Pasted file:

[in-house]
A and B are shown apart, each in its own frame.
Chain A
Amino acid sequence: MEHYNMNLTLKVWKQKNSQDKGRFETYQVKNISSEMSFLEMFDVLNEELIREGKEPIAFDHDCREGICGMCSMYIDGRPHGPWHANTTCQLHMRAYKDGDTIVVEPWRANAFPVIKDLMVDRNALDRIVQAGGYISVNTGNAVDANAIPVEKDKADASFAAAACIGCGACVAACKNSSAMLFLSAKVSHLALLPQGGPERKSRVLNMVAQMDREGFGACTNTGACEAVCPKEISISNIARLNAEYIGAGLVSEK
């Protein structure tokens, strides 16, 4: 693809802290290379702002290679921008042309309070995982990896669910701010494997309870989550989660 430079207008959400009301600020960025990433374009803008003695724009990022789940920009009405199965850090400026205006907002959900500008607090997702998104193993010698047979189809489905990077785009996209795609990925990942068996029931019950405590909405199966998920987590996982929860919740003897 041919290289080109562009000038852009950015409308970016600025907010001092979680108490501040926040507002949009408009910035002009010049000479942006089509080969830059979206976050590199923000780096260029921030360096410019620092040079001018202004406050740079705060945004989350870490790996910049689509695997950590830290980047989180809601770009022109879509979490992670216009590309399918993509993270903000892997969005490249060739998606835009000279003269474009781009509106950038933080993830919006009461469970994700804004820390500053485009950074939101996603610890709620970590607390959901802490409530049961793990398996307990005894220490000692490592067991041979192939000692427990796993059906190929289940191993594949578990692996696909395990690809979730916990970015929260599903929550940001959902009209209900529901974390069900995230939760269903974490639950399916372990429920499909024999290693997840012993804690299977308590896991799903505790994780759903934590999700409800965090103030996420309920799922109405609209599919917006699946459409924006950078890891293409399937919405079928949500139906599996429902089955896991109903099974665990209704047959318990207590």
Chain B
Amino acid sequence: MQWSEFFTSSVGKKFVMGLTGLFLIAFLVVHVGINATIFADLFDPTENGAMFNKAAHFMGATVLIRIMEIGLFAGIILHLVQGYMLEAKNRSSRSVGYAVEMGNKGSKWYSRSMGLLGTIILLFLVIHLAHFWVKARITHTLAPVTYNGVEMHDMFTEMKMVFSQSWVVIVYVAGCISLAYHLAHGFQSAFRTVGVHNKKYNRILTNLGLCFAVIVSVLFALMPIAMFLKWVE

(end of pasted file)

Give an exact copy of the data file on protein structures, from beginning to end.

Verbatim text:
[in-house]
A and B are shown apart, each in its own frame.
Chain A
Amino acid sequence: MEHYNMNLTLKVWKQKNSQDKGRFETYQVKNISSEMSFLEMFDVLNEELIREGKEPIAFDHDCREGICGMCSMYIDGRPHGPWHANTTCQLHMRAYKDGDTIVVEPWRANAFPVIKDLMVDRNALDRIVQAGGYISVNTGNAVDANAIPVEKDKADASFAAAACIGCGACVAACKNSSAMLFLSAKVSHLALLPQGGPERKSRVLNMVAQMDREGFGACTNTGACEAVCPKEISISNIARLNAEYIGAGLVSEK
């Protein structure tokens, strides 16, 4: 693809802290290379702002290679921008042309309070995982990896669910701010494997309870989550989660 430079207008959400009301600020960025990433374009803008003695724009990022789940920009009405199965850090400026205006907002959900500008607090997702998104193993010698047979189809489905990077785009996209795609990925990942068996029931019950405590909405199966998920987590996982929860919740003897 041919290289080109562009000038852009950015409308970016600025907010001092979680108490501040926040507002949009408009910035002009010049000479942006089509080969830059979206976050590199923000780096260029921030360096410019620092040079001018202004406050740079705060945004989350870490790996910049689509695997950590830290980047989180809601770009022109879509979490992670216009590309399918993509993270903000892997969005490249060739998606835009000279003269474009781009509106950038933080993830919006009461469970994700804004820390500053485009950074939101996603610890709620970590607390959901802490409530049961793990398996307990005894220490000692490592067991041979192939000692427990796993059906190929289940191993594949578990692996696909395990690809979730916990970015929260599903929550940001959902009209209900529901974390069900995230939760269903974490639950399916372990429920499909024999290693997840012993804690299977308590896991799903505790994780759903934590999700409800965090103030996420309920799922109405609209599919917006699946459409924006950078890891293409399937919405079928949500139906599996429902089955896991109903099974665990209704047959318990207590």
Chain B
Amino acid sequence: MQWSEFFTSSVGKKFVMGLTGLFLIAFLVVHVGINATIFADLFDPTENGAMFNKAAHFMGATVLIRIMEIGLFAGIILHLVQGYMLEAKNRSSRSVGYAVEMGNKGSKWYSRSMGLLGTIILLFLVIHLAHFWVKARITHTLAPVTYNGVEMHDMFTEMKMVFSQSWVVIVYVAGCISLAYHLAHGFQSAFRTVGVHNKKYNRILTNLGLCFAVIVSVLFALMPIAMFLKWVE